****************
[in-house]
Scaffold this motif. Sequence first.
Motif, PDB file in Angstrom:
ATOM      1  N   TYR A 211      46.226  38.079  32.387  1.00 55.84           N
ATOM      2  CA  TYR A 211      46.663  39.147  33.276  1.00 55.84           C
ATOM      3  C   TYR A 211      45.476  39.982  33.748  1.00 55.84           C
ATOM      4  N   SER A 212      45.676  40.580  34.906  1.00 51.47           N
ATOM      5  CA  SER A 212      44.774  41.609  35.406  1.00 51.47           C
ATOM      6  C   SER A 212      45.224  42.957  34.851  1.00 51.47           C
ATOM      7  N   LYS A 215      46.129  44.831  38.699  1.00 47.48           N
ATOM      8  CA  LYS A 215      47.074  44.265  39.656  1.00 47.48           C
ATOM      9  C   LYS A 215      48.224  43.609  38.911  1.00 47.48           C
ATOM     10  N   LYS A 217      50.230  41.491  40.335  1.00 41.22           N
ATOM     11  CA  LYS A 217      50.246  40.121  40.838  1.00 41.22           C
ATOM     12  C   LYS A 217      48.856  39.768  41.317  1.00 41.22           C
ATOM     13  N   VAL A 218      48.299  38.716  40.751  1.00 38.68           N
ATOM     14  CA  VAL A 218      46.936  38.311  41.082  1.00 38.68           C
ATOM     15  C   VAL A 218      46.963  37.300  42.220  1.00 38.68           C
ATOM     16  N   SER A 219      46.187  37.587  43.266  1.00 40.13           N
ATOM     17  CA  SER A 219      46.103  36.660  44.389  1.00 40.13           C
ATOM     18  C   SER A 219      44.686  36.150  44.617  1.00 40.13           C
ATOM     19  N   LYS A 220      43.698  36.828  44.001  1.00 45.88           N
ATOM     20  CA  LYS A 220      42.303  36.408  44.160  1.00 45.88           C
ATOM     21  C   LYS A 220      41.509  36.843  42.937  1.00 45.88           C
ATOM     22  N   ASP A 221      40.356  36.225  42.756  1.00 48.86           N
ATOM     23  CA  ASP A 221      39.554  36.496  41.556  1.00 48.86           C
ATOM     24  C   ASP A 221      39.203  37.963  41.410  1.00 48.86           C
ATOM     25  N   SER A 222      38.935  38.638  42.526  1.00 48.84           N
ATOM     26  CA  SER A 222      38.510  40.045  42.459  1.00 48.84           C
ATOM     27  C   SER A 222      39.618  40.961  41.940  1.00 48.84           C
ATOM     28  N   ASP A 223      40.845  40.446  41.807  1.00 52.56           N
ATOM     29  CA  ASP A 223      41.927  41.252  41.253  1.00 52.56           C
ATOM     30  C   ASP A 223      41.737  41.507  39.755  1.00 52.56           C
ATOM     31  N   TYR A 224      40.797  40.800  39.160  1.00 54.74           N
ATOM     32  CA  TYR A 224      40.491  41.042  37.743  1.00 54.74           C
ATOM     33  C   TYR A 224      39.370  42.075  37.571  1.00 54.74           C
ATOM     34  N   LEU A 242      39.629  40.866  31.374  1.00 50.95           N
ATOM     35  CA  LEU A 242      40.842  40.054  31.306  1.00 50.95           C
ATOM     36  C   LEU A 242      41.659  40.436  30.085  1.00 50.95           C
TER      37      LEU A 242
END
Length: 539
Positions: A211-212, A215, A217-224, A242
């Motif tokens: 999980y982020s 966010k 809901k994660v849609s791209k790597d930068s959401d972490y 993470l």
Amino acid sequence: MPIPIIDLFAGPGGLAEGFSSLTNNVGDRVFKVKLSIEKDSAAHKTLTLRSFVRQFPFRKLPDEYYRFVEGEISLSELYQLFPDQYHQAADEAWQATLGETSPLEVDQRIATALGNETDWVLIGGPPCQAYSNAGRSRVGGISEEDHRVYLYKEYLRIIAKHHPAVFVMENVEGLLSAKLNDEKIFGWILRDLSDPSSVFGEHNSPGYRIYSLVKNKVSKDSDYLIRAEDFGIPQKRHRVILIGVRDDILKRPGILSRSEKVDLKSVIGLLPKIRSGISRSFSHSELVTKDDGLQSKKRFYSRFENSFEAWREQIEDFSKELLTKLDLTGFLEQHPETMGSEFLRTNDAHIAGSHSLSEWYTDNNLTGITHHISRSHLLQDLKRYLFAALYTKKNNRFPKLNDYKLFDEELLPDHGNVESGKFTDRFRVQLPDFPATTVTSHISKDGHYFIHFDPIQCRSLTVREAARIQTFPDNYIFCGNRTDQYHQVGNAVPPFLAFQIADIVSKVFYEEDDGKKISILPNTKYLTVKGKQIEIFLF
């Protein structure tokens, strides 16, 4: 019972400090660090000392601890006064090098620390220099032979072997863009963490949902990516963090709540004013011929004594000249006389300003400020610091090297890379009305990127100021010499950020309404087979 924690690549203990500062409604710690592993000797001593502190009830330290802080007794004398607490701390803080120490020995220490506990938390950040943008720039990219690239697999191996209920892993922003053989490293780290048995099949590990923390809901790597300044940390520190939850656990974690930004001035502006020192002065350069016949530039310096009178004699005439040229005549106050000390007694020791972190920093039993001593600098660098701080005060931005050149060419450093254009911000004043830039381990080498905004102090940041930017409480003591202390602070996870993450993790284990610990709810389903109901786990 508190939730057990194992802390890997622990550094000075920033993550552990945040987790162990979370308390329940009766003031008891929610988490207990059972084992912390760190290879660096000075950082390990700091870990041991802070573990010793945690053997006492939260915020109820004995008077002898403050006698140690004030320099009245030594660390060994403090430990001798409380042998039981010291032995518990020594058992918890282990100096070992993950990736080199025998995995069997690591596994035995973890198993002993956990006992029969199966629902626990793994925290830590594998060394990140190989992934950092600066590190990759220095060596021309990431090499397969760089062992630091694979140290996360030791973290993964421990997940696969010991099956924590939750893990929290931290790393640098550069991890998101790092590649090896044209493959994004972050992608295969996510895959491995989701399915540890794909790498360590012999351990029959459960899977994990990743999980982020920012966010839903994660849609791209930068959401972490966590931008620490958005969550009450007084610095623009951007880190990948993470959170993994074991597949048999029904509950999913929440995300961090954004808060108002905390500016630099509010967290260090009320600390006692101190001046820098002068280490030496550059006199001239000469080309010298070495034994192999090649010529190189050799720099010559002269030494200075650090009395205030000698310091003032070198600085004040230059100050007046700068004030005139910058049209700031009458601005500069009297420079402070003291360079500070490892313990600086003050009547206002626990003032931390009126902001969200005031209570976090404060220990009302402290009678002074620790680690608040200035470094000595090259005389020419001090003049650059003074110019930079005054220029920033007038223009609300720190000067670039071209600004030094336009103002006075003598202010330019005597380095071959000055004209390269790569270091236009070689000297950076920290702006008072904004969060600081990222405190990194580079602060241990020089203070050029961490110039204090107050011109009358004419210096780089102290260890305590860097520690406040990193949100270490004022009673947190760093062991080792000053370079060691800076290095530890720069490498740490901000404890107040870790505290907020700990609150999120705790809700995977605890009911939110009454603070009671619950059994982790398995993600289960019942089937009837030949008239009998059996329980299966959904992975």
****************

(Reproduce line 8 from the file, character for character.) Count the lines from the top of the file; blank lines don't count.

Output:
ATOM      5  CA  SER A 212      44.774  41.609  35.406  1.00 51.47           C